the food processor comes in especially handy because it takes the place of a number of other tools, and is a compact little thing that you can tuck away when not in use. i use it for making everything including natural peanut butter, sauces (pesto, tomato, romesco), compound butters, and generally chopping everything that needs it.
as far as dishes, acquaint yourself with low-maintenance dishes–things that don’t require a lot of moving parts, or can be eaten at a range of temperatures, or that need little prep. grain salads with legumes and vegetables, for example, taste great straight from the fridge or heated or room temp. they don’t spoil if you put them in your bag for a few hours. same for snacks like fresh and dried fruit, nuts, and roasted or fried chickpeas.
finally, everyone knows and loves hummus. it’s tasty, nutritious, and cheap–but it’s not the only spread for sandwiches and vegetables. mix it up and try other options such as traditional pesto, baba ghanoush, sundried tomato and white bean dip, and so on.


There are plastic microwavable rice cookers, steaming bags, microwavable pizza, pre-made food you heat up, and you can assemble your own food. I actually never been to college or boarding school but these will work perfectly. My all time favorite foods that you can eat in a dorm is comfort food: Mac & Cheese, Popcorn, Pizza, Smoothies, Bagels, Sandwiches, Soup, and don’t forget that you can order food. The thing that makes food taste better is friends, company, laughter, and chemistry the big 4. ☼✰☯☮♤♨♼♽✺❀☕⌚
|^_^| ^-^ *-* *o* !_!
!!!!!!!Super Savy Sabby!!!!!!!


In my dorms, you weren’t allowed any cooking device other than a microwave, and the limits on fridges meant that you couldn’t store too much, and the freezers on those minifridges are awful.
I’d make mini-pizzas in my microwave though. Small flour tortilla, stabbed with a fork to dock it, a spoonfull of pizza sauce, spices and toppings to taste, and microwave it until the tortilla goes crispy and the cheese melts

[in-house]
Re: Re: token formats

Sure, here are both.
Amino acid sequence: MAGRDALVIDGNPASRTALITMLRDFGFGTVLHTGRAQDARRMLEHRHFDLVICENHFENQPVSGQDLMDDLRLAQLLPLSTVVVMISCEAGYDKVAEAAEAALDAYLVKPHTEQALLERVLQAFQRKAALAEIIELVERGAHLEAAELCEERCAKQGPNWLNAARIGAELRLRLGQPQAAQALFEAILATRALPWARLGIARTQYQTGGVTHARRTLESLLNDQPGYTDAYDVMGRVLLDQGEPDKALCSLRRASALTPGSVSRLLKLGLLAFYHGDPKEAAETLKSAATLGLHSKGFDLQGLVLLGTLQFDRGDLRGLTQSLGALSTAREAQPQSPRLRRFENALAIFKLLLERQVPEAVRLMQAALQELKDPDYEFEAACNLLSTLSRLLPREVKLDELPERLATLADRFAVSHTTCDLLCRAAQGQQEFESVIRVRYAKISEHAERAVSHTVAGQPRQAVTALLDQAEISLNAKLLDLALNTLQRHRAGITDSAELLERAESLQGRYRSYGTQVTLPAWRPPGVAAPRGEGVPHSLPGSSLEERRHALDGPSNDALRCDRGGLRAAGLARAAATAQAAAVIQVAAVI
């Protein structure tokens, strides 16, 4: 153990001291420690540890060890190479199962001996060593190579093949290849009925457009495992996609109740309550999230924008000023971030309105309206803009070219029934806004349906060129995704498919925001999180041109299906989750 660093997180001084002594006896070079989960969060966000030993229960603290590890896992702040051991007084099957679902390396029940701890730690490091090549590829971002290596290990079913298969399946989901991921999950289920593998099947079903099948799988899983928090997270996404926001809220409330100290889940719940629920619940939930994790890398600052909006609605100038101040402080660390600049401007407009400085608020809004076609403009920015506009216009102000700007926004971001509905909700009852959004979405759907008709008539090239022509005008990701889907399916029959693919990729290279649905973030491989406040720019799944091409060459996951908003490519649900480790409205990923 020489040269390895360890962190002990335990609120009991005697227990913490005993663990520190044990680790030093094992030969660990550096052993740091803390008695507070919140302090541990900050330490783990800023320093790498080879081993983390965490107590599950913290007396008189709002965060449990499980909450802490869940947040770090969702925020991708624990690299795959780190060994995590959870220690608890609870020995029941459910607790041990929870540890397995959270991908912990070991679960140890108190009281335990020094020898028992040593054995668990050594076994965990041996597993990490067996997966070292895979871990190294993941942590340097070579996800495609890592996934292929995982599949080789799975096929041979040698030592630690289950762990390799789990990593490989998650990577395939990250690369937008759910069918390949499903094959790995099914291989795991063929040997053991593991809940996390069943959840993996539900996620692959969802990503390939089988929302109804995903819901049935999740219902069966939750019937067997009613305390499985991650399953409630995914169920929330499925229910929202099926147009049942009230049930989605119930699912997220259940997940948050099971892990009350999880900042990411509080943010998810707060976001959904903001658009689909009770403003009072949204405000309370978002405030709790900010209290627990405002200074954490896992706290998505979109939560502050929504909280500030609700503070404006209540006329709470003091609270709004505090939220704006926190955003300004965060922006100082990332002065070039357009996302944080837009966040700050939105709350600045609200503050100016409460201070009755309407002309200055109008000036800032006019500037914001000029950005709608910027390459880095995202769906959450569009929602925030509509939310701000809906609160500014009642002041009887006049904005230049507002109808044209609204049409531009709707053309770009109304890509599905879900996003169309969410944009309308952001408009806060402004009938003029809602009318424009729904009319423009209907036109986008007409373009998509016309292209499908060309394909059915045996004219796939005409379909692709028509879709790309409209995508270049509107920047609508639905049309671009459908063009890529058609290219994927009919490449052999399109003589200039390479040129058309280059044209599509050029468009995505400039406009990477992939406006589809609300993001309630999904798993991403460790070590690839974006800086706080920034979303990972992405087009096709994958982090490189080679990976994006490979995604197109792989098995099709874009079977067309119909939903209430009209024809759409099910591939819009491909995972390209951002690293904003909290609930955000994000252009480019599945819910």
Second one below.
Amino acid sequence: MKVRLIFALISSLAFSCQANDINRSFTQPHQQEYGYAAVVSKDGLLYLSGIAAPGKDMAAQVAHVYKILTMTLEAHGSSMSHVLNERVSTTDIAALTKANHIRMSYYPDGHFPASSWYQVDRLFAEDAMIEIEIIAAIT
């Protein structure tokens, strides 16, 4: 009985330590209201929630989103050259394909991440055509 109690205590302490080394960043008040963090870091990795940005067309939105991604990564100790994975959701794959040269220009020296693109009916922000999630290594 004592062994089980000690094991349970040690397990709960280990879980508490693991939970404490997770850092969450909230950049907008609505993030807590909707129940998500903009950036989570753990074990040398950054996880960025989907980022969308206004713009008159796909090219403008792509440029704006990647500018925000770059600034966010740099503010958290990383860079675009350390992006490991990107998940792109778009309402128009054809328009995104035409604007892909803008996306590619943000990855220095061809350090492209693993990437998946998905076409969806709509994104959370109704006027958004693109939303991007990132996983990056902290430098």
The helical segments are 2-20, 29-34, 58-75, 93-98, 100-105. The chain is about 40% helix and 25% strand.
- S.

I don’t normally give out opinions too freely but this topic is hitting home. Literally. My twin boys are off to college next month and I want them to eat well. Dorm food is typically bad, salty and cold. Two words… Panini Grill. All they’ll need is bread, cheeses, meats, veggies and a few condiments. I grill small steaks on the one we have at home. Chicken breasts are done in 5 minutes. Grilled cheese in 2 minutes. They’re now non-stick and so easy to clean. Sorry to anyone that had this idea first.


My college actually had reasonable food options for vegetarians: falafel & vegetarian chili were offered every day in one of the cafeterias. Grad school, however, ugh!!
Along with the many fabulous tips, I found 2 mainstays in the caf. 1-bagel sandwiches with a drop of cream cheese and a ton of vegetables off the salad bar. 2-yogurt with cereal and any/every fruit that was around.


When I lived in the dorm 2 years ago i brought a knife/cutting board, bowl/plate/cup, utensils, and small pot/pan because i had a kitchen and kept it in a box under my bed. One time I cooked a meal with things foods from the salad bar.
Stir fry: veggies like peppers, onions, carrots, mushrooms, spinach. Meat- plain cooked/grilled chicken from the d-hall. Sauce- this is tough, I grabbed a few soy sauce packets from one of the cafeterias. Olive oil from the salad bar. Cut up the chicken (if not already). Heat the pan, add a bit of oil, add the onions and carrots and stir-fry until onions begin to look translucent, then add peppers and mushrooms and fry for 2-3 min, then add the chicken and cook until heated, add spinach now because it has the shortest cooking time. Next add a little bit of soy sauce and a little water to add flavor and steam the veggies. if you have a lid, cover the pan for .5-1 min to steam the veggies. then its done.